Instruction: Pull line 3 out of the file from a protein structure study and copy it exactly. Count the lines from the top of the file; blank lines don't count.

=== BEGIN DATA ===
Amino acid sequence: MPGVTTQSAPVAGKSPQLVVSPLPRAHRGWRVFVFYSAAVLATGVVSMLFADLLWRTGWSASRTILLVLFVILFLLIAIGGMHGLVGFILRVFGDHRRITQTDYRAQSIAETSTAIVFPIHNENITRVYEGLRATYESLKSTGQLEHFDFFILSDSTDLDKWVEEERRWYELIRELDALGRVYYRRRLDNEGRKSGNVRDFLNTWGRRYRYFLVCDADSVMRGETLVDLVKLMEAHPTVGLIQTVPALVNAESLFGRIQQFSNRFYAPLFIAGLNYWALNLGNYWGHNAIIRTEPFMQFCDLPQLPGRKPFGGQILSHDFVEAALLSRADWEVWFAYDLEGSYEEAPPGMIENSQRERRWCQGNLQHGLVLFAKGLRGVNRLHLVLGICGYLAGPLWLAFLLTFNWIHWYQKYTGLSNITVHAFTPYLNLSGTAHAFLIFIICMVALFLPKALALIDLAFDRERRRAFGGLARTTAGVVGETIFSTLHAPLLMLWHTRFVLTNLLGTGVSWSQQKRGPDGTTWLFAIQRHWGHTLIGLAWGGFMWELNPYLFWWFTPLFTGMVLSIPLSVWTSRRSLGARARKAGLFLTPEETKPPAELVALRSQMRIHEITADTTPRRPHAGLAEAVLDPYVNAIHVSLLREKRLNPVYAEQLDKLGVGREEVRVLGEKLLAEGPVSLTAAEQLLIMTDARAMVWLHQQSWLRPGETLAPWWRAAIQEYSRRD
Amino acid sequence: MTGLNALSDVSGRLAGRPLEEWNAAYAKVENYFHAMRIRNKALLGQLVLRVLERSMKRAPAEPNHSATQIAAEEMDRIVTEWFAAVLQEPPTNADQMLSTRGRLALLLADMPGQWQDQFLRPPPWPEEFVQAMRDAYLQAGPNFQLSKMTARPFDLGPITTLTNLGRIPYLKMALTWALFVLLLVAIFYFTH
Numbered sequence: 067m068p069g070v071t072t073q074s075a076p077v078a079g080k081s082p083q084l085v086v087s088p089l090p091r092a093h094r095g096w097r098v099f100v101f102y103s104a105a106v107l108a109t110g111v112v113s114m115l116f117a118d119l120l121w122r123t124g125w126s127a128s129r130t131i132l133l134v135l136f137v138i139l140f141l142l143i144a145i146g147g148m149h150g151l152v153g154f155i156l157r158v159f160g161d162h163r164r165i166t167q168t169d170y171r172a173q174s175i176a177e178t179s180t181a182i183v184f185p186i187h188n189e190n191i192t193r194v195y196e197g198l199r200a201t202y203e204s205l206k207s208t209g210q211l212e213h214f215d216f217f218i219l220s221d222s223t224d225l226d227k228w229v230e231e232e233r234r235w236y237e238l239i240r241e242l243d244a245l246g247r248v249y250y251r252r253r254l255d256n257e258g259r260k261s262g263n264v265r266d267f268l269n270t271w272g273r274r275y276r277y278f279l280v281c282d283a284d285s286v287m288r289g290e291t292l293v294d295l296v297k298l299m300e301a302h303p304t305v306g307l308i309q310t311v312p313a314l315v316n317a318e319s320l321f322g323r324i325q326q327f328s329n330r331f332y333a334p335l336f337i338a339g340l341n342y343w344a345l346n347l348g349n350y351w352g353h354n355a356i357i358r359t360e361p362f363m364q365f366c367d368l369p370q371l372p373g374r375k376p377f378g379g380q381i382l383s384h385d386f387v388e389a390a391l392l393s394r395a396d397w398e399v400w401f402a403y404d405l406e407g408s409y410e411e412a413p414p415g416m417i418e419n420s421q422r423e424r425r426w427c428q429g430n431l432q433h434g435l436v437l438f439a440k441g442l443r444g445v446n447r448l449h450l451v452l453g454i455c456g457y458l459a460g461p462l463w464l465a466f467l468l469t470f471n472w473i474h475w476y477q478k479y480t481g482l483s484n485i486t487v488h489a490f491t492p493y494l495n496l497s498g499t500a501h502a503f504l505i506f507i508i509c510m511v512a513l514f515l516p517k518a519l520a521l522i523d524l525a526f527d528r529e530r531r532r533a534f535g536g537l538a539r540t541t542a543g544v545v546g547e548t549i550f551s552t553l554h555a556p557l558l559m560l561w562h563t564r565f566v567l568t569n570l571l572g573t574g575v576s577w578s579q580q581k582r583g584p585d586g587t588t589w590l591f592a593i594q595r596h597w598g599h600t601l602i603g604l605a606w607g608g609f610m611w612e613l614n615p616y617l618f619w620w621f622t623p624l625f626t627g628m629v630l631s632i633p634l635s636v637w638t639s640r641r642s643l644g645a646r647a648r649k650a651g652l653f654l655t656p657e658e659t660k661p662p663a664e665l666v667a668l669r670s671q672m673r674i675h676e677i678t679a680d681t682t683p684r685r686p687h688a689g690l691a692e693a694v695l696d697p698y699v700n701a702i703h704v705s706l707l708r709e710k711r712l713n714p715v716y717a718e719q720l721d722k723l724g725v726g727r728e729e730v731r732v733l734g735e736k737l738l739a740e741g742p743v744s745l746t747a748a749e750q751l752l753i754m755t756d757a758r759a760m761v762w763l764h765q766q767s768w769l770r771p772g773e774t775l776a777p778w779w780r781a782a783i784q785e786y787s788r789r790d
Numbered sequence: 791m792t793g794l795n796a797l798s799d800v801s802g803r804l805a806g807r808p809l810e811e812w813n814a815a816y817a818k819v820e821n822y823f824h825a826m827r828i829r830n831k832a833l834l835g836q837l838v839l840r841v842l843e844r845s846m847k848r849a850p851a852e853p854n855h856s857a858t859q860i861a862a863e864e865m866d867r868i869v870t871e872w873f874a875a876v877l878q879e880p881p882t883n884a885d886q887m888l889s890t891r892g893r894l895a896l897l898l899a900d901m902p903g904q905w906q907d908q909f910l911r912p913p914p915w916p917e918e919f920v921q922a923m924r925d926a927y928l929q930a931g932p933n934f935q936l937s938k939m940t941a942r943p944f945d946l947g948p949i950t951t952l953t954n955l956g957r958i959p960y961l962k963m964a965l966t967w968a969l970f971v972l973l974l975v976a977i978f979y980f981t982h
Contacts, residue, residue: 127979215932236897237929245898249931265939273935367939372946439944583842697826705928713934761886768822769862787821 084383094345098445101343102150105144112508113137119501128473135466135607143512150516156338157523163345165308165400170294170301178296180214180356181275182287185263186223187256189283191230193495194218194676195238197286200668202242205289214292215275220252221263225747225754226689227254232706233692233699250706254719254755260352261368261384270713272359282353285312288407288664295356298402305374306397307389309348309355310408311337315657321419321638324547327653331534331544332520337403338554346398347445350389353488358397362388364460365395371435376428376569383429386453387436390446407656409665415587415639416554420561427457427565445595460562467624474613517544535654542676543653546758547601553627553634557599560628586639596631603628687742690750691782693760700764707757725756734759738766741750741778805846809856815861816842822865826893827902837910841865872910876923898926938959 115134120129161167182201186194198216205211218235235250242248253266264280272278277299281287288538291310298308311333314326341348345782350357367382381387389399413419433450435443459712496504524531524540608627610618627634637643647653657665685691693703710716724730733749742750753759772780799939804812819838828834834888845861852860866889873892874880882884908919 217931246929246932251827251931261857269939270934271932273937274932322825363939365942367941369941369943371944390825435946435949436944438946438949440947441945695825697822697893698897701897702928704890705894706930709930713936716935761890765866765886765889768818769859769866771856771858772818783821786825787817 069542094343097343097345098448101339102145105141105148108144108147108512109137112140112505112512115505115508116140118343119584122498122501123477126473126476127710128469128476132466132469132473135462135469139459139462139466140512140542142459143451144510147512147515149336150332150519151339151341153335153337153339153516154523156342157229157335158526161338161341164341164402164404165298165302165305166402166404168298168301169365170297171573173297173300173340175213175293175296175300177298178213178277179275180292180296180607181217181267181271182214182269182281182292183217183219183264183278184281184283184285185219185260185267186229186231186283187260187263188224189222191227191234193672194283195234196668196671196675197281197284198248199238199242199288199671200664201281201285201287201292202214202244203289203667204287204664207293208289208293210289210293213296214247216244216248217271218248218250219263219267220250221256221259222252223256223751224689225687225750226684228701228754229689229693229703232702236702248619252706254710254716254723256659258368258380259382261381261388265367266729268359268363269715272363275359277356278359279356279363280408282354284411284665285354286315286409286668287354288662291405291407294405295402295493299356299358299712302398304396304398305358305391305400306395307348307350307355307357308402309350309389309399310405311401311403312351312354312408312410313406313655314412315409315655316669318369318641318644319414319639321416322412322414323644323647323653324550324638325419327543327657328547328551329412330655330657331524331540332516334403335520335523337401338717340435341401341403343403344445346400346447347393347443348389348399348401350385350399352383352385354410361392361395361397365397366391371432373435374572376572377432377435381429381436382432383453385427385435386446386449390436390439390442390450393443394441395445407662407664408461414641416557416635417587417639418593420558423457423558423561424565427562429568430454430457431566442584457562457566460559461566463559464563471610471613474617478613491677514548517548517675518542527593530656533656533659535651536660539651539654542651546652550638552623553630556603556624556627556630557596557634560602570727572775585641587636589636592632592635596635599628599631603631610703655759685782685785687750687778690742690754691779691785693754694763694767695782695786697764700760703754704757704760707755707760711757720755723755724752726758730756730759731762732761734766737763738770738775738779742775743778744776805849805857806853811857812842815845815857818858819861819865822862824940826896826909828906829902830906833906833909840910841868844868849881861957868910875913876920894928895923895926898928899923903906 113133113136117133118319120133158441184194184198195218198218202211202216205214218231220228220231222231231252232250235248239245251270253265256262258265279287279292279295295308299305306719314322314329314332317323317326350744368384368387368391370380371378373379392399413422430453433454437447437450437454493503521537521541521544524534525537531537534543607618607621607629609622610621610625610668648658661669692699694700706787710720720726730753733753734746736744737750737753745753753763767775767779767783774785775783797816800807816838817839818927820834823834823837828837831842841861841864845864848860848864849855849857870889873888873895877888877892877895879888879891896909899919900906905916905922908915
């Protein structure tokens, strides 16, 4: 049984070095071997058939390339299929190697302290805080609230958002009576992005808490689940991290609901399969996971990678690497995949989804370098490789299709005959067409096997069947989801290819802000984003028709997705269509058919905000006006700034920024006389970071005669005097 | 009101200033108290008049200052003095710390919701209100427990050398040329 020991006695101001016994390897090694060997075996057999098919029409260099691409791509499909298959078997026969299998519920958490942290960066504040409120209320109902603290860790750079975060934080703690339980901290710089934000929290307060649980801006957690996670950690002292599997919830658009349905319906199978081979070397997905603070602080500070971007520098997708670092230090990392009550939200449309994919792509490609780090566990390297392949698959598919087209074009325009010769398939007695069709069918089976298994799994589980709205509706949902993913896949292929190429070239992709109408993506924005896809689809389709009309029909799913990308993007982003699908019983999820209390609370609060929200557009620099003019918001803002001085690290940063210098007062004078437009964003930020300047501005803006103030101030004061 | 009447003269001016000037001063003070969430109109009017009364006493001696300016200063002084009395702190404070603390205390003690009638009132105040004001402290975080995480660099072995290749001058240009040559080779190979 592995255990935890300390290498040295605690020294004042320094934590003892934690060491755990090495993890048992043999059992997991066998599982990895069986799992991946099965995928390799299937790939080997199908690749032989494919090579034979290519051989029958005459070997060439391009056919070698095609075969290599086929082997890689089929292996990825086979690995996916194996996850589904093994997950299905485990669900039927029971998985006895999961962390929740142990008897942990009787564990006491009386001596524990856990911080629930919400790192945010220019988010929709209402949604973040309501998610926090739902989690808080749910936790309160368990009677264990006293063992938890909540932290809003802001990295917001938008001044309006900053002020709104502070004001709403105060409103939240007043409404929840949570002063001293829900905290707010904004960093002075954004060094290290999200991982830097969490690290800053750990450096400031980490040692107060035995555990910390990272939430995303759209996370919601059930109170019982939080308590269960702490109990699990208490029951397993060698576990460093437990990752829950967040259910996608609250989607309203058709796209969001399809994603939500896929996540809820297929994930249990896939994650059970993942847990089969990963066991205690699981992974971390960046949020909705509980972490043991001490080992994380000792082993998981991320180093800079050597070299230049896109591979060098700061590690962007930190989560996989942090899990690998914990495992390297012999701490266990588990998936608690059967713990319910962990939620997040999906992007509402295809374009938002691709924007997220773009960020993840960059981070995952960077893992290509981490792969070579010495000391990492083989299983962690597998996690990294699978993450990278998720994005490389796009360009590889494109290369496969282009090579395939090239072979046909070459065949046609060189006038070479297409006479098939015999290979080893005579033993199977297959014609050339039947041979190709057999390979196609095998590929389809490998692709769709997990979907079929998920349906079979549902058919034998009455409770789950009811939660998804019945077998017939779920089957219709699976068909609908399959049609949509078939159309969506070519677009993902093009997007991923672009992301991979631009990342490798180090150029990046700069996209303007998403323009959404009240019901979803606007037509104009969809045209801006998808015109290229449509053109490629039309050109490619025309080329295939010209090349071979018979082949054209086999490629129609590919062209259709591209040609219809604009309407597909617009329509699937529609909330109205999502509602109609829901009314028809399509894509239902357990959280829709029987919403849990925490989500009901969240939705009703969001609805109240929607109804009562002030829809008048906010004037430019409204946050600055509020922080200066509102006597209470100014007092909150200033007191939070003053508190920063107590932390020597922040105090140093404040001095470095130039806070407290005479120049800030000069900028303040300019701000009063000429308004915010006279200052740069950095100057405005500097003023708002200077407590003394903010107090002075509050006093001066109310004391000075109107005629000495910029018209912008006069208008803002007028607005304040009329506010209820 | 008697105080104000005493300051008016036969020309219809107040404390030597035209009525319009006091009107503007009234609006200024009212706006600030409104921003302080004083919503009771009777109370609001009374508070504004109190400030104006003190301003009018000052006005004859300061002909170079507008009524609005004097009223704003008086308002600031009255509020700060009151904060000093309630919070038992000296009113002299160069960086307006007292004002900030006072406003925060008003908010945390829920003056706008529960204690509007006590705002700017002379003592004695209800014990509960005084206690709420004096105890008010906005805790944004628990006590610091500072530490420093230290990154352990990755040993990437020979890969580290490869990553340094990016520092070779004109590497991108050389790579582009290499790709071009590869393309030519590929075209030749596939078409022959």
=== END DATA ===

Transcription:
Numbered sequence: 067m068p069g070v071t072t073q074s075a076p077v078a079g080k081s082p083q084l085v086v087s088p089l090p091r092a093h094r095g096w097r098v099f100v101f102y103s104a105a106v107l108a109t110g111v112v113s114m115l116f117a118d119l120l121w122r123t124g125w126s127a128s129r130t131i132l133l134v135l136f137v138i139l140f141l142l143i144a145i146g147g148m149h150g151l152v153g154f155i156l157r158v159f160g161d162h163r164r165i166t167q168t169d170y171r172a173q174s175i176a177e178t179s180t181a182i183v184f185p186i187h188n189e190n191i192t193r194v195y196e197g198l199r200a201t202y203e204s205l206k207s208t209g210q211l212e213h214f215d216f217f218i219l220s221d222s223t224d225l226d227k228w229v230e231e232e233r234r235w236y237e238l239i240r241e242l243d244a245l246g247r248v249y250y251r252r253r254l255d256n257e258g259r260k261s262g263n264v265r266d267f268l269n270t271w272g273r274r275y276r277y278f279l280v281c282d283a284d285s286v287m288r289g290e291t292l293v294d295l296v297k298l299m300e301a302h303p304t305v306g307l308i309q310t311v312p313a314l315v316n317a318e319s320l321f322g323r324i325q326q327f328s329n330r331f332y333a334p335l336f337i338a339g340l341n342y343w344a345l346n347l348g349n350y351w352g353h354n355a356i357i358r359t360e361p362f363m364q365f366c367d368l369p370q371l372p373g374r375k376p377f378g379g380q381i382l383s384h385d386f387v388e389a390a391l392l393s394r395a396d397w398e399v400w401f402a403y404d405l406e407g408s409y410e411e412a413p414p415g416m417i418e419n420s421q422r423e424r425r426w427c428q429g430n431l432q433h434g435l436v437l438f439a440k441g442l443r444g445v446n447r448l449h450l451v452l453g454i455c456g457y458l459a460g461p462l463w464l465a466f467l468l469t470f471n472w473i474h475w476y477q478k479y480t481g482l483s484n485i486t487v488h489a490f491t492p493y494l495n496l497s498g499t500a501h502a503f504l505i506f507i508i509c510m511v512a513l514f515l516p517k518a519l520a521l522i523d524l525a526f527d528r529e530r531r532r533a534f535g536g537l538a539r540t541t542a543g544v545v546g547e548t549i550f551s552t553l554h555a556p557l558l559m560l561w562h563t564r565f566v567l568t569n570l571l572g573t574g575v576s577w578s579q580q581k582r583g584p585d586g587t588t589w590l591f592a593i594q595r596h597w598g599h600t601l602i603g604l605a606w607g608g609f610m611w612e613l614n615p616y617l618f619w620w621f622t623p624l625f626t627g628m629v630l631s632i633p634l635s636v637w638t639s640r641r642s643l644g645a646r647a648r649k650a651g652l653f654l655t656p657e658e659t660k661p662p663a664e665l666v667a668l669r670s671q672m673r674i675h676e677i678t679a680d681t682t683p684r685r686p687h688a689g690l691a692e693a694v695l696d697p698y699v700n701a702i703h704v705s706l707l708r709e710k711r712l713n714p715v716y717a718e719q720l721d722k723l724g725v726g727r728e729e730v731r732v733l734g735e736k737l738l739a740e741g742p743v744s745l746t747a748a749e750q751l752l753i754m755t756d757a758r759a760m761v762w763l764h765q766q767s768w769l770r771p772g773e774t775l776a777p778w779w780r781a782a783i784q785e786y787s788r789r790d